Novak's US Open to forget: a zoning opponent, hostile crowd and injury

Novak's US Open to forget: a zoning opponent, hostile crowd and injury

With Stan Wawrinka stepping up to the challenge—coupled with Djokovic's left shoulder injury—the men's draw at Flushing Meadows took a major plot twist on Sunday evening.

“He’s relishing the opportunity to show what he’s made of again on the big stage,” John McEnroe said of Stan Wawrinka early in his 6-4, 7-5, 2-1 ret. win over top seed Novak Djokovic on Sunday night.

The description fit. Wawrinka, energized by having the full weight and noise of a New York crowd behind him, came out with all guns blazing, and after a few early misfires, quickly locked in on his targets. Down break point at 3-2 in the first set, he hit three aces. At 4-3, he hit a 135-m.p.h. ace to hold. At 5-4 he ended a long back-and-forth rally with a fearsome forehand winner and cupped his hand to his ear. The audience roared on cue.

In the second set, Wawrinka misfired often enough to fall behind a break. When Djokovic went up 4-2, it appeared that the natural order of things had been restored, and that we were in for another see-saw, wee-hour marathon between these two.

Instead, Wawrinka worked himself back into a groove, and Djokovic, who looked constrained and bottled-up all evening, went back into his shell. Wawrinka broke back at 2-4 when Djokovic missed a forehand after another long rally. Wawrinka swaggered to the sideline, Djokovic hung his head, and the momentum swung permanently to the Swiss. By the end of the set, he was hitting both of his ground strokes as cleanly as he has since knee surgery derailed his career at the end of 2017. At 6-5, when his passing shots proved too hot for Djokovic to handle, Wawrinka had a two-set lead.

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A few minutes later, he had the match. Djokovic’s left shoulder had been bothering him all tournament, and he had it rubbed down on the changeover between sets. But it wasn’t enough. The injury, a pumped-up opponent who once again had saved his best tennis for him, and a boisterous crowd that once again chose to back his opponent as if he were playing Davis Cup for them: It added up to a night to forget for Djokovic.

To add insult to literal injury, he was also booed as he left the court. Last year Djokovic walked off a winner here; this year he walked off flashing a sarcastic thumbs up to the audience. Tennis fans are obviously free to like whoever they want; it’s just a shame so many of them can’t bring themselves to like a player as accomplished as Djokovic. The irony is, if he had lasted one more round, he might have had a chance to play the crowd favorite for once, when he faced New York’s villain du jour, Daniil Medvedev.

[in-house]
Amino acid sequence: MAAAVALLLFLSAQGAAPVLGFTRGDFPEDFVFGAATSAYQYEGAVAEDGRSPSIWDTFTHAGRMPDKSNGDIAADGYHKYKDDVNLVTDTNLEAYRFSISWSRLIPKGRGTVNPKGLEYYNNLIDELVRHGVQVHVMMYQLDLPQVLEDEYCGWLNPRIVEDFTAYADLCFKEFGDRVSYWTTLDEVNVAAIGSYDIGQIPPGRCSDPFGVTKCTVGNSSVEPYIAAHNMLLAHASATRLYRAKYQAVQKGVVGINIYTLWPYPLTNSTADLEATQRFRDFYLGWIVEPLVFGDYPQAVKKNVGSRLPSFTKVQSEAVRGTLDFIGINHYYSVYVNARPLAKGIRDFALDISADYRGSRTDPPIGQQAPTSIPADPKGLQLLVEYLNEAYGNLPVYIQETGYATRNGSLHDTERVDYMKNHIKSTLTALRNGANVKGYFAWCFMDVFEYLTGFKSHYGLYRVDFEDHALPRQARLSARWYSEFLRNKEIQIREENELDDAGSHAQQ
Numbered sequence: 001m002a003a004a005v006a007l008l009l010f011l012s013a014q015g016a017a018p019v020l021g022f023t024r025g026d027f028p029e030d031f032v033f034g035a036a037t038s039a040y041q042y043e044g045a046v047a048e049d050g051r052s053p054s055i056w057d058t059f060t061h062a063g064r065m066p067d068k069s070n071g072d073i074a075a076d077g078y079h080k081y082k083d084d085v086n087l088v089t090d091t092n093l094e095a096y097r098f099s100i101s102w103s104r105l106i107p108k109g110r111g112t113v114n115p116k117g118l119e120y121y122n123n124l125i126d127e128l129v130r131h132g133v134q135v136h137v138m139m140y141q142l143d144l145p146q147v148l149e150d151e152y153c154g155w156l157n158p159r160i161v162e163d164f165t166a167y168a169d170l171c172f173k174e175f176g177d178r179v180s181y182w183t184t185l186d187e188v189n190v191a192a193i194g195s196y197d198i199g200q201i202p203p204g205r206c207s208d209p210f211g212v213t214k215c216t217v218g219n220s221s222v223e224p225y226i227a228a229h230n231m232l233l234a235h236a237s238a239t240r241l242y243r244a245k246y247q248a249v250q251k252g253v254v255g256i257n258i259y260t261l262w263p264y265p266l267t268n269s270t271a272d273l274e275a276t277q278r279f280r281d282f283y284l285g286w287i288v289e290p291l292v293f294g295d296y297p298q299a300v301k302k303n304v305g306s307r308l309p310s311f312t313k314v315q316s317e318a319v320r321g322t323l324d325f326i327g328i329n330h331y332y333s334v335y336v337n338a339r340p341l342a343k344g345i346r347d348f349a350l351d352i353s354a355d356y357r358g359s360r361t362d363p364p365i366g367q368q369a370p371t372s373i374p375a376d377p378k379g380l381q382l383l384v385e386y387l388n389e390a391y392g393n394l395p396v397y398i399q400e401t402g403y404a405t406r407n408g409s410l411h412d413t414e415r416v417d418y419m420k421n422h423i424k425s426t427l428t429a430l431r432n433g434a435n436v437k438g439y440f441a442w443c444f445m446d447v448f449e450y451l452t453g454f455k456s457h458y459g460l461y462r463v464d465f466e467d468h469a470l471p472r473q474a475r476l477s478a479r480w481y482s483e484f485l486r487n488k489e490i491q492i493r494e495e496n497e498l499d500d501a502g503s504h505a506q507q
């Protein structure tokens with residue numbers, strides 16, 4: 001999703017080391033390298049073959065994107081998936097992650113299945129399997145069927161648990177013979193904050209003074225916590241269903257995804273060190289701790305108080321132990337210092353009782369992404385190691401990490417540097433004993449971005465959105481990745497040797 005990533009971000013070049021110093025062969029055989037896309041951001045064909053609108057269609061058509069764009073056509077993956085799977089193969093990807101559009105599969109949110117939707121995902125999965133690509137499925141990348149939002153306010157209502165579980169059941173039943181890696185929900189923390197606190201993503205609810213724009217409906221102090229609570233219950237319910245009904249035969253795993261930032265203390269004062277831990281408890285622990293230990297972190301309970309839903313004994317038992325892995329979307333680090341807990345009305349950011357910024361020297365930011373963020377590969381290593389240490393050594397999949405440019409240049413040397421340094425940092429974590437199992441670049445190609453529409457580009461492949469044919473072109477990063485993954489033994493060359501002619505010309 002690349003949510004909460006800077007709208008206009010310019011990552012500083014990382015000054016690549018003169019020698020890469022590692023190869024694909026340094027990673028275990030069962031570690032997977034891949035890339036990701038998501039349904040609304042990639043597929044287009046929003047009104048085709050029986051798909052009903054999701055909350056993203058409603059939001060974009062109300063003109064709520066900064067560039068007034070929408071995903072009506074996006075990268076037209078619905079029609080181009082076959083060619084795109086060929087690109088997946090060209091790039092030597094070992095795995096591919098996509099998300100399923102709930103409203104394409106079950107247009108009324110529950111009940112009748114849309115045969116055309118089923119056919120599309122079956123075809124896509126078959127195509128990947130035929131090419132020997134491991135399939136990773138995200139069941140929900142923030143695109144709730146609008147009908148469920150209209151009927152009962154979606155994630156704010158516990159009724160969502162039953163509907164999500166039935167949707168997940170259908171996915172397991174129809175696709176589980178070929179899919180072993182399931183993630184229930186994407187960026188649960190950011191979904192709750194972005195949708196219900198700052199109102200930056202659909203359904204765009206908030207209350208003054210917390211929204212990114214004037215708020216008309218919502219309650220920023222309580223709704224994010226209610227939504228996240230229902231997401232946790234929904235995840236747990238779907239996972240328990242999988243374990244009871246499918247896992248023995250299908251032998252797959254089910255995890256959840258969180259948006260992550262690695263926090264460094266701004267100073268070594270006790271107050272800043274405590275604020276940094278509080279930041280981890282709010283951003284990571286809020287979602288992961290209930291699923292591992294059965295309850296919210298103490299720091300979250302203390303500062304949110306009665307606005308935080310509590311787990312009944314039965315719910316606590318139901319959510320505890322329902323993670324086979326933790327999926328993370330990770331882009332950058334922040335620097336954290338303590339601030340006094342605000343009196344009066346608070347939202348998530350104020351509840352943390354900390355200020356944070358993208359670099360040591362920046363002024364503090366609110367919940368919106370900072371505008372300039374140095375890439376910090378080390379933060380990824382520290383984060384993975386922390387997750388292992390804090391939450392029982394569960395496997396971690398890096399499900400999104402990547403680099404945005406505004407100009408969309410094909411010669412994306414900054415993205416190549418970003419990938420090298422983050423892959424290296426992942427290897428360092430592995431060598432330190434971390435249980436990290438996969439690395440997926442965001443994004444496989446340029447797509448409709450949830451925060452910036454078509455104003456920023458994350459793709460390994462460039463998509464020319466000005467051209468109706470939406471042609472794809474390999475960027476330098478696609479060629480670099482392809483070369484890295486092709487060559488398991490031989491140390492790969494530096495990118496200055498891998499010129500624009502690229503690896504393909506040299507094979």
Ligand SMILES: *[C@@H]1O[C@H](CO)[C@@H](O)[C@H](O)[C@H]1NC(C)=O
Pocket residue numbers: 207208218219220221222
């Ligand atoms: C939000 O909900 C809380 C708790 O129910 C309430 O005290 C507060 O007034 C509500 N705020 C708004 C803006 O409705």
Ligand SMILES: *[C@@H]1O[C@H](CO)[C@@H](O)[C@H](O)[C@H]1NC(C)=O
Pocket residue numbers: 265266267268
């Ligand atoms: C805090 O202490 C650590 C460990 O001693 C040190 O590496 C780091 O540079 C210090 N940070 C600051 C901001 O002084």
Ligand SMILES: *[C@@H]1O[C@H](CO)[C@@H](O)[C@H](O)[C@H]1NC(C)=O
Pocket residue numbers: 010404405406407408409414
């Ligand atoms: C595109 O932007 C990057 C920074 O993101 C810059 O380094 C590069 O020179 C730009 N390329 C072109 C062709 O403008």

“The pain was constant for three weeks now,” Djokovic said afterward, when he was asked why he had decided to retire. “You just know when you know, I guess, when you feel like you’re not able to hit the shot anymore.”

“I’m sorry for the crowd. Obviously they came to see a full match, and just wasn’t to be. That’s all it is. A lot of people didn’t know what’s happening, so you cannot blame them. It is what it is.”

Whatever the audience thought of him tonight, Djokovic has had an amazing run of consistency here: This will be the first time since 2006 that he won’t reach the semifinals at the Open.

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Where does that leave the draw as we enter the tournament’s second week and close in on the quarterfinals? For every other player in the draw, life just got a lot more interesting. Wawrinka, champion here in 2016, has to be considered a contender. So does the man he’ll play on Tuesday, the aforementioned bad guy, Medvedev. He may be on the best run of long-term form of anyone in the event, and he seems to be able to find a solution to any problem right now—cramps, a hostile crowd, a hot opponent.

And then there’s the old duo, Roger Federer and Rafael Nadal, who play Grigor Dimitrov and Marin Cilic, respectively. As well as Wawrinka and Medvedev are playing, Rafa and Roger have to be favored to finally meet in New York, in the final. With Djokovic’s loss, each has a chance to leave him a little farther behind in the Slam chase.

Djokovic said he’s in “the midst of an unfortunate situation, and I have to suffer the consequences of that.” He said he’ll get more tests done on his shoulder, but he ended up sounding upbeat about the rest of the season.

“I actually like my chances playing in Asia,” he said. “And also indoor season, I play historically well in those last couple months of the year.”

“It’s a long road ahead hopefully for me. I hope I can play many more years. I’m planning to.”

Two out of four Slams in 2019 ain’t bad. Even after tonight’s disappointment, there will be plenty more to come.


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